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A Sit Down With DJ Lisa Lashes

20:33 Apr/08/2018

Lisa Lashes is the first and only female to be considered among the top ten DJs in the world by DJ Magazine, ranking ninth in 2000 and continuing as the top-ranking female DJ in 2001, 2002, and 2003. Her mix album, Hard House Euphoria and Extreme Euphoria Vol. 2 , have been the highest selling hard house complitation in the world.


"It`s not just a way of life it becomes part of your soul, more than that you really learn to appreciate its sheer genius against other genre’s in dance music."


How do you feel about the current fusion of house and trance sounds that seems to be becoming more and more common? Does that allow for more diversity in your sets?

I think it’s great as long as it works. Producers are experimenting so much and not just making sounds from their genre, and this is when you get the forward-thinking tunes coming out that push the music scene.

Who are your favourite techno artists/labels at the moment?

Love what Len Faki does making his whole set into a crescendo. The mesmerising Nicole Moudaber, Chris Liebling and Alan Fitzpatrick have my vote for on point DJ sets and Alan’s production on his ‘We Are The Brave’ label is something I’ve been keeping my eye on as he’s not scared of diversity.

You have played at Europe’s top festivals such as Global Gathering, Creamfields and Dance Valley, alongside Sander van Doorn, Marco V and Ferry Corsten. What was your personal career highlights so far?

I keep smashing them time and time again so there isn’t one that sticks in my mind as the best, they all have their different reasons for being the highlights of my career.

At what point did you realise you could be a DJ professionally? Were you able to enjoy the satisfaction of giving up a job for it?

When I started DJing on a regular basis and was about to embark on becoming the resident of the first Sunday Superclub, Sundissential, I knew it was time to hang up my blue, flowery, itchy nylon Marks & Spencer uniform! Q) You’re playing at the Goodgreef 15th birthday party in October. What kind of relationship have you had with Goodgreef over the years, and how do you see the next fifteen years going.

What was it that inspired you to start creating techno?

I was in a transitional period with my music so took some time out to get some inspiration, as in 19 years I’d not been on the other side of the decks and felt a little disconnected. So, I went on New Years Day to The Warehouse Project in Manchester, and when I heard Carl Craig and Maceo Plex fell in love with what they were playing.

Do you have equipment preferences? What do you think about the digital DJing revolution?

At home I have Technics 1210, a Pioneer mixer and Trackmaster needles. I prefer vinyls, but I guess one day CDs will take over eventually.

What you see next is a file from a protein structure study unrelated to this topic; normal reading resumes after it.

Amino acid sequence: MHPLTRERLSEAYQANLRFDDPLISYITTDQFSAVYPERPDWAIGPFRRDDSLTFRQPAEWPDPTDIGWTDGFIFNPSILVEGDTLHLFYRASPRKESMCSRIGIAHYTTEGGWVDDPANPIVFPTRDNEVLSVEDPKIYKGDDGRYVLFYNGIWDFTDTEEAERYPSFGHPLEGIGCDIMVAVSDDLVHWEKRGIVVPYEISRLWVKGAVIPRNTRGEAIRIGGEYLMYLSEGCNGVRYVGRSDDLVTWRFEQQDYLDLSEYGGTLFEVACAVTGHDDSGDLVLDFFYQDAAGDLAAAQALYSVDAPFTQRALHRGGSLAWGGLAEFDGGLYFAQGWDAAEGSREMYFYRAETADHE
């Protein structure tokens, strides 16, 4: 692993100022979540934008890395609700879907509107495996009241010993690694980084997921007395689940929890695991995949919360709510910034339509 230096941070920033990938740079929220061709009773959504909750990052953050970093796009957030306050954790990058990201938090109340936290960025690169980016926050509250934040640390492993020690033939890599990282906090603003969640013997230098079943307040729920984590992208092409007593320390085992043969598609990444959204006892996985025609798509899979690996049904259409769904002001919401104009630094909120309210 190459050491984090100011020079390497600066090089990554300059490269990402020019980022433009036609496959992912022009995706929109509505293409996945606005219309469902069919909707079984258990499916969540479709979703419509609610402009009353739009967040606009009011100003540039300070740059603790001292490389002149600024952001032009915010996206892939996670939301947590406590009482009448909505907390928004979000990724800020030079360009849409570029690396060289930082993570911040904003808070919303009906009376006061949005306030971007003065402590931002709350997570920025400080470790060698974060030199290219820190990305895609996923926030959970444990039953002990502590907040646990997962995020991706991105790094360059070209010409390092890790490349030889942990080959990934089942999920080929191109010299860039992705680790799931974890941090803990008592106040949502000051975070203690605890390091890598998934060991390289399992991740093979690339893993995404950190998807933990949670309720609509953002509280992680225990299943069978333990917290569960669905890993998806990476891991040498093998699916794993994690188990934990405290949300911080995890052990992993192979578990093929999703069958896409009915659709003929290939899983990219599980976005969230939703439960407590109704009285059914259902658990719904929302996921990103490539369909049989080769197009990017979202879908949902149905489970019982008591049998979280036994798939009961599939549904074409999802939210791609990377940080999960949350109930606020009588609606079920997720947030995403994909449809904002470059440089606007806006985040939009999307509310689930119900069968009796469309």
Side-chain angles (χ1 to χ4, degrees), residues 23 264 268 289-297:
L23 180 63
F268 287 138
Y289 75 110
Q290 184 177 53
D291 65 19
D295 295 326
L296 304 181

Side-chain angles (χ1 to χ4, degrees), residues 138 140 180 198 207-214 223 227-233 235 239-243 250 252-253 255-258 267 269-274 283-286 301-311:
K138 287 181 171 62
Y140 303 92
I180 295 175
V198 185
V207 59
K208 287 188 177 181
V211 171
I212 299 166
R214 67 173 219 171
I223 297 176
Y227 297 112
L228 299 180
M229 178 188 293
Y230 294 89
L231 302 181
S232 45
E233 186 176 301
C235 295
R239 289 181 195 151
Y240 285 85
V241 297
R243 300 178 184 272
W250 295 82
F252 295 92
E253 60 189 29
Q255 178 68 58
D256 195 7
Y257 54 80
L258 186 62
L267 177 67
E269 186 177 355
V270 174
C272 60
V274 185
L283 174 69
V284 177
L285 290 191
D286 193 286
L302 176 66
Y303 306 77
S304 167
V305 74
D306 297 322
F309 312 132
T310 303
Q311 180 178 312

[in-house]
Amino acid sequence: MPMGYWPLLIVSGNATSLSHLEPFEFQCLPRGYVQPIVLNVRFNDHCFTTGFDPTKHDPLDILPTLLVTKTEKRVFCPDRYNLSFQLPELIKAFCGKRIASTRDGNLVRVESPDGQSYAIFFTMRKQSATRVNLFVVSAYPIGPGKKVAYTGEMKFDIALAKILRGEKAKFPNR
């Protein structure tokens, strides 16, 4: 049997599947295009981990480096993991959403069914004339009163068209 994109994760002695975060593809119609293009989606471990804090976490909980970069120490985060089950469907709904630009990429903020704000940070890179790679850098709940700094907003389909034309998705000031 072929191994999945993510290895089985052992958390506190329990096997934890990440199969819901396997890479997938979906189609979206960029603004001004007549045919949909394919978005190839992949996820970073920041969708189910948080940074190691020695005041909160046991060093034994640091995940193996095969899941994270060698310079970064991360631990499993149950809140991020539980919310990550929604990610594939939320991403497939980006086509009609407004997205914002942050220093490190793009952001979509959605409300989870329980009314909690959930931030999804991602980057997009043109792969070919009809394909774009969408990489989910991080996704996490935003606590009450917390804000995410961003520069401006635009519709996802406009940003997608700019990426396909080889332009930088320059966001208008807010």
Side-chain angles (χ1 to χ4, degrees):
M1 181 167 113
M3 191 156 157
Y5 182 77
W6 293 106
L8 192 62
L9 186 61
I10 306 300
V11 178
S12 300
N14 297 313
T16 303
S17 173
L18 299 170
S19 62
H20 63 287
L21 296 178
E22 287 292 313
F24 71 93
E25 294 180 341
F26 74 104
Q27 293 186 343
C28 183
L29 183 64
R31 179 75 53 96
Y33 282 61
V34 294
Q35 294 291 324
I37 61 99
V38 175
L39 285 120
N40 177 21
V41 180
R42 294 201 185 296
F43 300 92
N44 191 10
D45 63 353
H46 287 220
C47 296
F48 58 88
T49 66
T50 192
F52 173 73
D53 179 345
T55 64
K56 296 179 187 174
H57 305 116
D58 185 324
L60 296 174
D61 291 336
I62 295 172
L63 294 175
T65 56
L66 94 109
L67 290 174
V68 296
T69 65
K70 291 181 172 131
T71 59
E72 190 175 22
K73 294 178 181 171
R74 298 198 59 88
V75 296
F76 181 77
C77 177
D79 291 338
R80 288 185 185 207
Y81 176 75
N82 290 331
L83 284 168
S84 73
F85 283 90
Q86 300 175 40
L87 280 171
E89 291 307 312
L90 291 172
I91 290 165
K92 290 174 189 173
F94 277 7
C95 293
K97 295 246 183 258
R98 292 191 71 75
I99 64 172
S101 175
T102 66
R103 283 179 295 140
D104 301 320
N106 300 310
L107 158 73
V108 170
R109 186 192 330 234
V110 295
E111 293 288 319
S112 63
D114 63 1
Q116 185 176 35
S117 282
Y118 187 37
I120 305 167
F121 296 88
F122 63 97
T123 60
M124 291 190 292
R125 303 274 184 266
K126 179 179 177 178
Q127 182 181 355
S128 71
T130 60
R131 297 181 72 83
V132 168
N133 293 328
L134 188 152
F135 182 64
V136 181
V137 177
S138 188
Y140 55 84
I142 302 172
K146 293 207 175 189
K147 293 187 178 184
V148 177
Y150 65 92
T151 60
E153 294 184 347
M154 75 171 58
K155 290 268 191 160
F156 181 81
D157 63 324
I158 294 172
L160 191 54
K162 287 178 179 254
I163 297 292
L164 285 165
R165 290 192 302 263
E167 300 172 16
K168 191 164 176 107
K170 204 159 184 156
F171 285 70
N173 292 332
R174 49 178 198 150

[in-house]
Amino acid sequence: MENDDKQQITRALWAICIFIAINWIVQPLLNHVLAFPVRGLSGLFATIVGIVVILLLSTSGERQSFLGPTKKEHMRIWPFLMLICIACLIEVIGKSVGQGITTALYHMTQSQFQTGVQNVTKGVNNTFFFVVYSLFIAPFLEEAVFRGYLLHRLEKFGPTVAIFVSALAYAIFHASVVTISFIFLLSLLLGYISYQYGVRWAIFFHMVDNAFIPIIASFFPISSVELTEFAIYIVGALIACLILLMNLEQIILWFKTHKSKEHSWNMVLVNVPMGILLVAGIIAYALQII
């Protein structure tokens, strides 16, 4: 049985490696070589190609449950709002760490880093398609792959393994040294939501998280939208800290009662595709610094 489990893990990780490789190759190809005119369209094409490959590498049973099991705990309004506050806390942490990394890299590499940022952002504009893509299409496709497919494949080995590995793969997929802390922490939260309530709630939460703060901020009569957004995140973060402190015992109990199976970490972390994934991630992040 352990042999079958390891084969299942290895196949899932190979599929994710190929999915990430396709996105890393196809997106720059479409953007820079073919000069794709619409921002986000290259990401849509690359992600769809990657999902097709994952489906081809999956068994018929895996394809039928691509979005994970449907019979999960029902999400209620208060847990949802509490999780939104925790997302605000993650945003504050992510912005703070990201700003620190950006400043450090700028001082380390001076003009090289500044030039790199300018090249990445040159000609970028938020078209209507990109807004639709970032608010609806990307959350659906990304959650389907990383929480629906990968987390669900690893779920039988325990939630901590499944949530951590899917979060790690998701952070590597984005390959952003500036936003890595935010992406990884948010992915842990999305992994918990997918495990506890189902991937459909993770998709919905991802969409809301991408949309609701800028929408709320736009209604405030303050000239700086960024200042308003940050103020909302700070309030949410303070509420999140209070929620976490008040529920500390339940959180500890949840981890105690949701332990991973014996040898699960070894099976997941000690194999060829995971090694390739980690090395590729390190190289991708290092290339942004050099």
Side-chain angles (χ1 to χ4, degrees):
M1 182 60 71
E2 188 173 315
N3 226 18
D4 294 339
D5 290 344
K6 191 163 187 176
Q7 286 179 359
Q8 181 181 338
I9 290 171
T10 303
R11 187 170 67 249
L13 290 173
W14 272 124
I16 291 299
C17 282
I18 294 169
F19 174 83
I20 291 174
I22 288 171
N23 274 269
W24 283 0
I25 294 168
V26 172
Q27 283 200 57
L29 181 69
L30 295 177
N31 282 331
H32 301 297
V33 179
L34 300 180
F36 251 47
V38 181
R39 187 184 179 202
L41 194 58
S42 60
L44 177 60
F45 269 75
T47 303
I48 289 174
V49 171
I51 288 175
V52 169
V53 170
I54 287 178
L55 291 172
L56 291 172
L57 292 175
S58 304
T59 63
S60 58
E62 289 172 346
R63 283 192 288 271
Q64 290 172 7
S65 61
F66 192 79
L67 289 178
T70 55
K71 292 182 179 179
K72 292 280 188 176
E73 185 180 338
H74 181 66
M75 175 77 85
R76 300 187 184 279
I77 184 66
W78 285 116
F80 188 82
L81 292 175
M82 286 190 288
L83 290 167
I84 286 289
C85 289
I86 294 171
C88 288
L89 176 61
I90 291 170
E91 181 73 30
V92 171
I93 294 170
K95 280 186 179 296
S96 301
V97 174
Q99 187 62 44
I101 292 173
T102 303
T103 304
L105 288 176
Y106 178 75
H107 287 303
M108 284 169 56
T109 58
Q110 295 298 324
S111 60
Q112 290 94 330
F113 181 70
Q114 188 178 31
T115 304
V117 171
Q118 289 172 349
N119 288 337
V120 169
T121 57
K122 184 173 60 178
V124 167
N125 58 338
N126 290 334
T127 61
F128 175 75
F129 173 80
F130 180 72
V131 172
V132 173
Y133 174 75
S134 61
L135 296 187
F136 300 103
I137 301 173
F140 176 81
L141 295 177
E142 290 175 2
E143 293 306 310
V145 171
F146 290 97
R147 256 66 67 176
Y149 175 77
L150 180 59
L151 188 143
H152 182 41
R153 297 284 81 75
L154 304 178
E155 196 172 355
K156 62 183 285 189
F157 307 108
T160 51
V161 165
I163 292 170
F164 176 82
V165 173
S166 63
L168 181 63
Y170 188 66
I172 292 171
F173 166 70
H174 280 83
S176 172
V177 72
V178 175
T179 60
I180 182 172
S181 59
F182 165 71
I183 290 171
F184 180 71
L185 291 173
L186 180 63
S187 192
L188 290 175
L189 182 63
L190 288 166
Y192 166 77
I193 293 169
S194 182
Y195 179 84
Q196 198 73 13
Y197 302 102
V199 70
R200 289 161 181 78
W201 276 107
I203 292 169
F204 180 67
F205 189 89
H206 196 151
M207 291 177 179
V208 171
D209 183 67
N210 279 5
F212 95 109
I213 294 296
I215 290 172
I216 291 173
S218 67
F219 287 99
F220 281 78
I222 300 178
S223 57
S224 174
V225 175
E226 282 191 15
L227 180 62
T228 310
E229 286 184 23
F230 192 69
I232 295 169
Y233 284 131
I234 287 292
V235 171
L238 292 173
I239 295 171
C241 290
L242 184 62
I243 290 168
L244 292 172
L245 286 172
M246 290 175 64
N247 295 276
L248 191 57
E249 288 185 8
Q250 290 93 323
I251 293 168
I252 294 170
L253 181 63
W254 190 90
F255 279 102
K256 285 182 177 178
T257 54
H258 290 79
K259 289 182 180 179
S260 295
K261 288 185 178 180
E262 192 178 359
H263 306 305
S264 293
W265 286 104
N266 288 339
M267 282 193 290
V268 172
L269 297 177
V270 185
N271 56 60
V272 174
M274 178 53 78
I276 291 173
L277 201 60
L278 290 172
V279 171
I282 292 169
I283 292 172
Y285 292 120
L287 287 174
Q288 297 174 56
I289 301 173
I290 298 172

You've been in the industry for a number of years now and pretty much done it all in the "other time zones". Is this EDM explosion in the U.S. a new challenge for you?

I think it’s an exciting time for the US. They've embracing the amazing international dance scene and I look forward to contributing to it with my knowledge of dance music as best as I know how.

If & when you decided to write a autobiography of your life what would it be called?

Well, as a matter of fact, since the beginning of the year, I’ve actually been writing a diary that documents all the travelling that I’ve been doing recently. I’m collecting bits and bobs, lots of footage from around the world and will eventually create a sort of scrapbook of the year—so you never know, it might just end up as an autobiography!

Your image is very unique to you and has become almost a signature look. Do you have any specific shops you shop in or do you have to look around for the perfect Lashes outfit?

I love the new Harvey Nichols in Birmingham and enjoy visiting the shops in London around Bond Street. I’ve always liked going out to find unusual outfits—Philip Treacy does really amazing hats. You know us girls; we just adore our shopping!

What was the best and the worst gig you ever played?

The best differs all the time but one I will always remember as a great party was Cape Town for the millenium where I played to 9000 people for the midnight set. My worst was when I played a UK festival and the tent leaked. Water proceeded to fall onto the decks where I got a massive electric shock every time I touched them.
What does it feel like to be one of the Top Female DJs, let alone DJ Mag Top 100 DJs, in the world

It’s a very humbling accolade that I’m very proud of. I work hard, live and breathe music and hope I’ve made everyone proud that has been behind me.


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